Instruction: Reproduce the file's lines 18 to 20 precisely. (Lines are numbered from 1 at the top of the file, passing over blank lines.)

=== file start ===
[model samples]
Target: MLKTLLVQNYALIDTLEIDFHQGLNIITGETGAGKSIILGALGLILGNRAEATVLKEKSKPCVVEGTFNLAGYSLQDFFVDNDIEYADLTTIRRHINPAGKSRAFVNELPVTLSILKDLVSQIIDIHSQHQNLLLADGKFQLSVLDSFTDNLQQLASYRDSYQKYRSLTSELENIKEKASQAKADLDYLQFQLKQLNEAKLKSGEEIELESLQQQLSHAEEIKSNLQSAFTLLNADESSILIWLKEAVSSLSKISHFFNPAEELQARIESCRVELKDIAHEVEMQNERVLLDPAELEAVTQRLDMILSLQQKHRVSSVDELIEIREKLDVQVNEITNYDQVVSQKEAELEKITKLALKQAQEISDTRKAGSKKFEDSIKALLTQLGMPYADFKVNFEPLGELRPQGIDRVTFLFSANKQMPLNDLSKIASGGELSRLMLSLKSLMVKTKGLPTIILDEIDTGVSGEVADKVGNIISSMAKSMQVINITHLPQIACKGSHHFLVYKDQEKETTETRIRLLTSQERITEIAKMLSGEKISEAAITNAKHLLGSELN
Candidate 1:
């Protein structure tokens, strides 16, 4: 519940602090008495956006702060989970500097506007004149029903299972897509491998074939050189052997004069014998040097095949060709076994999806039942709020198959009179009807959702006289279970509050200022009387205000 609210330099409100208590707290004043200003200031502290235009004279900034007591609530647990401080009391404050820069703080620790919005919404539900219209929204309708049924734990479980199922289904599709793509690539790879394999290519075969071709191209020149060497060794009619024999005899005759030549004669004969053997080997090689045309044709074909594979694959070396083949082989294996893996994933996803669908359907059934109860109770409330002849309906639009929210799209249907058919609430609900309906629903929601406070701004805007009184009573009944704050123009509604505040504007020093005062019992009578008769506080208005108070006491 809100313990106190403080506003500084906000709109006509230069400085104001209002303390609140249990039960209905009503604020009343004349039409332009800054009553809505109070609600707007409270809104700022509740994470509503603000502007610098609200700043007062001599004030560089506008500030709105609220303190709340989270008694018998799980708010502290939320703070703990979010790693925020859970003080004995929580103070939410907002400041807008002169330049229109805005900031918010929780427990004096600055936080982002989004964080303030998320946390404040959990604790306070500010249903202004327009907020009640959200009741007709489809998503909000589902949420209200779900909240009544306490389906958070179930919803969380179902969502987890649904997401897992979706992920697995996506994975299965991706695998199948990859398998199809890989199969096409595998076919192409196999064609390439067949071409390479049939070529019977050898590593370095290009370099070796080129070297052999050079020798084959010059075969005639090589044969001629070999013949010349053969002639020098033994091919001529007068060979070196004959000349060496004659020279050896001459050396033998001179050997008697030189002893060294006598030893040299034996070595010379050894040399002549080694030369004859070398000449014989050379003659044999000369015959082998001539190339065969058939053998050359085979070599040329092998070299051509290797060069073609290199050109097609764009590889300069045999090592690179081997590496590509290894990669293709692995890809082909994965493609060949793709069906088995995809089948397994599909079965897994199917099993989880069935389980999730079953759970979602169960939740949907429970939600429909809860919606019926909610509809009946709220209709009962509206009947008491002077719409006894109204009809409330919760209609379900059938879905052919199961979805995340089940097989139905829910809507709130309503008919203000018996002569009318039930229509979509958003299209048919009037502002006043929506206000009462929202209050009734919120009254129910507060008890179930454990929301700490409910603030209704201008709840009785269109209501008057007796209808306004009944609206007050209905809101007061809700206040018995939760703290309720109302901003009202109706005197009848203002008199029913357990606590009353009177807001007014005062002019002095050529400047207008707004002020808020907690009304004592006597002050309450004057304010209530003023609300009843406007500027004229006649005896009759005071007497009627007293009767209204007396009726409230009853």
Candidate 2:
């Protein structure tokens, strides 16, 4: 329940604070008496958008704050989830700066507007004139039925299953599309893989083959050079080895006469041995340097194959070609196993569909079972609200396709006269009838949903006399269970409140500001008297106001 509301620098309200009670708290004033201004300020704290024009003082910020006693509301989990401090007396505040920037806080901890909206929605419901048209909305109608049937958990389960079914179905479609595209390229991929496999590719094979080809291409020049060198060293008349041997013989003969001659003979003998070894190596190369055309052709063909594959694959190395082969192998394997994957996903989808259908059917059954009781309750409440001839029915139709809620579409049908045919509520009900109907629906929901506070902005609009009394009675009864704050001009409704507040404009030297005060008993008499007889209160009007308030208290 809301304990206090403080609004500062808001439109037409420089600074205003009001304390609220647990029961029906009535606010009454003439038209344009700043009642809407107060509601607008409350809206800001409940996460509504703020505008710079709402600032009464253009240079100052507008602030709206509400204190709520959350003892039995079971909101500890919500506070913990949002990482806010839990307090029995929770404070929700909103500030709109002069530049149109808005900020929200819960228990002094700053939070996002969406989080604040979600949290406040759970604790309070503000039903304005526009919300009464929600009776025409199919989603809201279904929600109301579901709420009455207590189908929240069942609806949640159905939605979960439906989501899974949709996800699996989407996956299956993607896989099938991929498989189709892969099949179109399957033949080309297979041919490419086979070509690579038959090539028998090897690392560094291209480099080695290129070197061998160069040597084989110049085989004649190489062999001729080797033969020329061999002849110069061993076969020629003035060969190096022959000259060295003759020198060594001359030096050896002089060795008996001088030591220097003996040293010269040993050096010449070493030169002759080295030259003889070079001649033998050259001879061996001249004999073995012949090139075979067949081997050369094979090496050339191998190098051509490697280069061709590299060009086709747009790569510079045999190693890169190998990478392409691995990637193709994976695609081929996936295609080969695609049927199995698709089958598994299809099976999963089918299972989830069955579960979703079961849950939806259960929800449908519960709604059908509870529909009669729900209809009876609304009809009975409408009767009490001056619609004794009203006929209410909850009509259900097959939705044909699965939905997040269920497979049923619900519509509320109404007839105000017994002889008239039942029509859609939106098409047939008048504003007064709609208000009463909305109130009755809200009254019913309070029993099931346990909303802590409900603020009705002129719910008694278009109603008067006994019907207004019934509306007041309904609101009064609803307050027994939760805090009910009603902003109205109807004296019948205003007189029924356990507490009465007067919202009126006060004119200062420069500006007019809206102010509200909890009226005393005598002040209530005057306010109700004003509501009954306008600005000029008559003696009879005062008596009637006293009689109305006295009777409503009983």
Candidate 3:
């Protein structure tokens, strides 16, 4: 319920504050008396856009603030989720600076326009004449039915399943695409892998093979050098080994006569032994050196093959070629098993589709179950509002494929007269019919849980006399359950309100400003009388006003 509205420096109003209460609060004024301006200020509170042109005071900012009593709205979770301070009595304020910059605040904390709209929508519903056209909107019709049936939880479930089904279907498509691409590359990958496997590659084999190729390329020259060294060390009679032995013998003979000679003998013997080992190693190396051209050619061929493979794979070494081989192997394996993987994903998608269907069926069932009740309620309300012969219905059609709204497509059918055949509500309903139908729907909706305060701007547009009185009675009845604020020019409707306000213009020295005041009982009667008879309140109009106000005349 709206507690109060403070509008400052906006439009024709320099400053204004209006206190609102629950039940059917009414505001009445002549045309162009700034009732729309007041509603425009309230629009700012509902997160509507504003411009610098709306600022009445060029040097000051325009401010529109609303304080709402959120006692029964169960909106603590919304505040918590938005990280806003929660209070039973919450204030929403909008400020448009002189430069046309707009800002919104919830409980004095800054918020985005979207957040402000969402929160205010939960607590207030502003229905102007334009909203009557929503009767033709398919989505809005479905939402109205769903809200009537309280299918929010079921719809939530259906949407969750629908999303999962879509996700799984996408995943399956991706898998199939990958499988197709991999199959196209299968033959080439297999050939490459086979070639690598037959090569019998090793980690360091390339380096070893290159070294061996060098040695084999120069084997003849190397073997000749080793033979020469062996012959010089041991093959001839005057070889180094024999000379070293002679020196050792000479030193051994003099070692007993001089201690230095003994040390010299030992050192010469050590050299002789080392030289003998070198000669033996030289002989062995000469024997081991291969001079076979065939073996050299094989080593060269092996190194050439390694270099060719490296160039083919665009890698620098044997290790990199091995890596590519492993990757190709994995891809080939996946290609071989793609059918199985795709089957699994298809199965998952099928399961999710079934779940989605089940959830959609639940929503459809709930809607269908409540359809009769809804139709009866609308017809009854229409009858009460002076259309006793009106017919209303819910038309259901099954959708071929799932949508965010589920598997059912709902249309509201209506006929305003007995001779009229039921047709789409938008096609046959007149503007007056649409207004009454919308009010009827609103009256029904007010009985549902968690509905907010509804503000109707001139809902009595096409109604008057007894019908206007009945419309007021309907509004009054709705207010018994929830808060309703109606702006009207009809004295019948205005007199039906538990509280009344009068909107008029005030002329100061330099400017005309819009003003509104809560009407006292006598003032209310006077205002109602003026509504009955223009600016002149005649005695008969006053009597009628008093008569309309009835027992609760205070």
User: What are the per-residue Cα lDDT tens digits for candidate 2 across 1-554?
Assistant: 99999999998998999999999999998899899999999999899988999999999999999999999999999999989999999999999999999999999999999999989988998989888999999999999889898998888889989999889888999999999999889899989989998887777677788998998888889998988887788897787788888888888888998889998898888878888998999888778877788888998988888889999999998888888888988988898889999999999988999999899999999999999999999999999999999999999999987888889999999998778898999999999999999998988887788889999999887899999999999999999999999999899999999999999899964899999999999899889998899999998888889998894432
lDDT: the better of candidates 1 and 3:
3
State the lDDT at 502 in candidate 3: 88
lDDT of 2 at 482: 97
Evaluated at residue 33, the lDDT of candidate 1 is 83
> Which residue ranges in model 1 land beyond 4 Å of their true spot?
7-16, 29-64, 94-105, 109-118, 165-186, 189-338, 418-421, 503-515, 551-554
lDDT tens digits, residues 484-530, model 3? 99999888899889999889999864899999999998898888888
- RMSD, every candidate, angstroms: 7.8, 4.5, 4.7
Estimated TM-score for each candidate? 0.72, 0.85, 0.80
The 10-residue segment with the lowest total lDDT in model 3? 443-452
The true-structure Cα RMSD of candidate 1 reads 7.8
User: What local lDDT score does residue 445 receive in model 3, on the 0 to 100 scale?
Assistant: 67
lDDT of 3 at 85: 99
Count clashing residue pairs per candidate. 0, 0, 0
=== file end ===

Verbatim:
lDDT tens digits, residues 484-530, model 3? 99999888899889999889999864899999999998898888888
- RMSD, every candidate, angstroms: 7.8, 4.5, 4.7
Estimated TM-score for each candidate? 0.72, 0.85, 0.80